Recently promoted to chief credit officer at Baker Boyer Bank, Rosendo Guizar ’94 has been rising through the ranks at the Walla Walla-based financial institution for years. But he says the credit for his success goes back even further than his 22 years of experience at the bank—to the encouragement and guidance he received from his high school librarian, Darcy Judd Wyant Ahlquist ’54.
“She’s been extremely supportive of me, more than I can ever repay her for,” says Guizar.
As a bookish student at Grandview High School in Grandview, Washington, Guizar often found himself reading the newspaper in the school library. That’s how he first connected with Ahlquist, who always made a point of checking in with her students. She talked to him about his classes and grades, helped him volunteer as a tutor for other students and, eventually, encouraged him to think about his future.
“She started asking me about my plans for after high school,” says Guizar. “I think she kind of took it upon herself to guide me along and show me that there were more options out there, rather than just going to get a job straight out of high school.”
Understanding his potential, Ahlquist took Guizar to a prospective student day at Whitman. She joined him for presentations and to listen in on a class. Whitman was immediately compelling to Guizar for the small class sizes and compact campus. Steadily, college felt like a tangible option to Guizar, and Ahlquist was happy when he took her advice to apply for admission.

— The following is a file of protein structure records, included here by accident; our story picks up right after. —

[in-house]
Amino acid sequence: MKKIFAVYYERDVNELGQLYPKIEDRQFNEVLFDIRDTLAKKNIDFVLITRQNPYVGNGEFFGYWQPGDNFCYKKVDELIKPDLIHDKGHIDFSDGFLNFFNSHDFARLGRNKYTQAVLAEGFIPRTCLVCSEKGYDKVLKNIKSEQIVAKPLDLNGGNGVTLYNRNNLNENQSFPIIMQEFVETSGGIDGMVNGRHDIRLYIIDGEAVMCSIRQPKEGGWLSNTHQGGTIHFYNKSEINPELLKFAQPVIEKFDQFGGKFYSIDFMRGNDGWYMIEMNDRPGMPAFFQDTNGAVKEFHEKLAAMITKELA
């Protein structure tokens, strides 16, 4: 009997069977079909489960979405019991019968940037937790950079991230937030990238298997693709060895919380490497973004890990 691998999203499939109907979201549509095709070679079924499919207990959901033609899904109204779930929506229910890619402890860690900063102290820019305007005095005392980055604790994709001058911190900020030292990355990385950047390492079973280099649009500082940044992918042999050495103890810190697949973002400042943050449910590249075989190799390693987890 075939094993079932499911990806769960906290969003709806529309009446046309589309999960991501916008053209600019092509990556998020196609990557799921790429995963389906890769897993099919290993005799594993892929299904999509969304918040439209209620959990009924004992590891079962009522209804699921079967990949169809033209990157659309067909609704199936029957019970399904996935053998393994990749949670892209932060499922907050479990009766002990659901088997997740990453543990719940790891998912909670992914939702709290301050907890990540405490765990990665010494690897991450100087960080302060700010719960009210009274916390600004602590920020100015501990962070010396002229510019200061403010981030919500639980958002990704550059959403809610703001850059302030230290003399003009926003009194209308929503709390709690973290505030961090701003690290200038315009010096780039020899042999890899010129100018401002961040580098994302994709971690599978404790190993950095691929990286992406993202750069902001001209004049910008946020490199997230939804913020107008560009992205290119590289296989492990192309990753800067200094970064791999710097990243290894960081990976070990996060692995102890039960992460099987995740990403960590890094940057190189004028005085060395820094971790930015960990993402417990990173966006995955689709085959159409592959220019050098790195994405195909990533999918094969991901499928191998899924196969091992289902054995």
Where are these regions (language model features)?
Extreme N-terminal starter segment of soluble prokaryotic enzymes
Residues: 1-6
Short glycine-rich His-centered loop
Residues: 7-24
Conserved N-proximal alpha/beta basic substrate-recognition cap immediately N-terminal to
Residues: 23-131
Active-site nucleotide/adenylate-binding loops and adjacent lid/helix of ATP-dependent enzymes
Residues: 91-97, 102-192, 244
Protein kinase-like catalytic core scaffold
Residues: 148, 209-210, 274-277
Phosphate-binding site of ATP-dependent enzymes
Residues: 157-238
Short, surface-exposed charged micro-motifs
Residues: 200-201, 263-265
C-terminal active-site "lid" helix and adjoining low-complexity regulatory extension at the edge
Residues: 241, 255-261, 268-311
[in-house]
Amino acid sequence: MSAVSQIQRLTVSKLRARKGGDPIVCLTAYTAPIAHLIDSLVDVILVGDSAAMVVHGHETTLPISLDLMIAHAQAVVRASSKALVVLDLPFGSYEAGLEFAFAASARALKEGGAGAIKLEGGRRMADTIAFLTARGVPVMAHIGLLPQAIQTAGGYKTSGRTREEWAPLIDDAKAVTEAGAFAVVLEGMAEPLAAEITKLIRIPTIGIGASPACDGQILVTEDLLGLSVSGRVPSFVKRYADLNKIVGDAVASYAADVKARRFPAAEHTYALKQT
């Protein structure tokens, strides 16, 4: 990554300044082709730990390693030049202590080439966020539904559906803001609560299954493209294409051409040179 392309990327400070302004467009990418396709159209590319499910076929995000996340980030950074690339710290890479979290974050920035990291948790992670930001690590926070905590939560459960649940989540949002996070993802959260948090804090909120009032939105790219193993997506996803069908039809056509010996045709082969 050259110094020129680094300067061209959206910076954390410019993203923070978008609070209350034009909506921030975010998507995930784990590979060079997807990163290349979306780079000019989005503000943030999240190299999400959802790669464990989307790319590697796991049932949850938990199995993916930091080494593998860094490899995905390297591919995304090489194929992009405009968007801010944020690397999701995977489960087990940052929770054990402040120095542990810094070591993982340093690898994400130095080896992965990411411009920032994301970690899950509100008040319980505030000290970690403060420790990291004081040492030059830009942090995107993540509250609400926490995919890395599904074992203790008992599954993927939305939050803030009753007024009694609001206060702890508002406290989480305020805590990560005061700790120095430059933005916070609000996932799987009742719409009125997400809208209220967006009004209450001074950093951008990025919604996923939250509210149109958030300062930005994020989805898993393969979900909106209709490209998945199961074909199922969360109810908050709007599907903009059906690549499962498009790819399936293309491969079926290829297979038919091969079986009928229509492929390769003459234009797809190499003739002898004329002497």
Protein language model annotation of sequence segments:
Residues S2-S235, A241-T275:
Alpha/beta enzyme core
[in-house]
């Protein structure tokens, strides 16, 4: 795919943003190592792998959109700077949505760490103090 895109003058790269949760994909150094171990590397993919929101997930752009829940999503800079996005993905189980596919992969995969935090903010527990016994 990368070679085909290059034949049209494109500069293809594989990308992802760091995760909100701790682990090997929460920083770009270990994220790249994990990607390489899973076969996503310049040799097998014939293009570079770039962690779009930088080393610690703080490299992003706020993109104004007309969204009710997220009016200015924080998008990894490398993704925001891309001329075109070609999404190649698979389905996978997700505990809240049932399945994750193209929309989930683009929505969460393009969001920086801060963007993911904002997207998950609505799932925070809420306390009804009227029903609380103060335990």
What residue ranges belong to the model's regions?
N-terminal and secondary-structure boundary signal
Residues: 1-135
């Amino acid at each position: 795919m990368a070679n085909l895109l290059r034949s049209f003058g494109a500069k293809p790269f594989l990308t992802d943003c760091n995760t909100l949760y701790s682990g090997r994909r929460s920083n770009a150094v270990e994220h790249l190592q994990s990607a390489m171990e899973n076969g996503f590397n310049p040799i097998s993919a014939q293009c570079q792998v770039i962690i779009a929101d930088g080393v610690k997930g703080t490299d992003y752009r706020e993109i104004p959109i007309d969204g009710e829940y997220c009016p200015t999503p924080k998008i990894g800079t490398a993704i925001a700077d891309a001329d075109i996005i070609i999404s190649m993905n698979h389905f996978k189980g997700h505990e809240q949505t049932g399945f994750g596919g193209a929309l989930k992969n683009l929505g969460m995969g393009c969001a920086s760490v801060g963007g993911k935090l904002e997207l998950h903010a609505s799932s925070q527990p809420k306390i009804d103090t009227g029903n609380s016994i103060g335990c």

Guizar admits that it wasn’t always easy being a first-generation college student. The classes were very different from his high school, and typical first-year challenges, like homesickness, tested his grit. What motivated him was a responsibility to his younger siblings to model what was possible.
“If I were to quit or if I could not do it, I think I would have demoralized their goals. I especially remember thinking ‘I cannot quit, I have to keep going.’”
Climbing the Career Ladder
After his graduation from Whitman, Guizar decided to apply to an entry-level position as a commercial loan assistant at Baker Boyer Bank, even though he did not have finance experience and had only taken one economics class.
“Whitman is well known here in this community. When I applied to work at Baker Boyer, it was probably one of the reasons I was able to get my foot in the door.”
Guizar says the challenging curriculum at Whitman helped shape the work ethic he has today. And although he majored in biochemistry at Whitman, he has found his skills in analysis and math to be incredibly valuable to his banking career.
“Even if they are not directly the same, the methodology is something similar. Everybody majors in economics or finance, so everybody has a very similar mindset as a result. I come at things with a completely different point of view.”
Guizar and Ahlquist have remained in contact over the years through visits and greeting cards—Ahlquist even attended Guizar’s wedding. She remembers her jovial surprise reading about Guizar’s promotions in “150 Years a Pioneer,” a commemorative book published for Baker Boyer Bank’s 2019 anniversary, and writing to congratulate him.
“He strives to compete—almost with himself—in order to get ahead,” Ahlquist says. “He’s my success story.”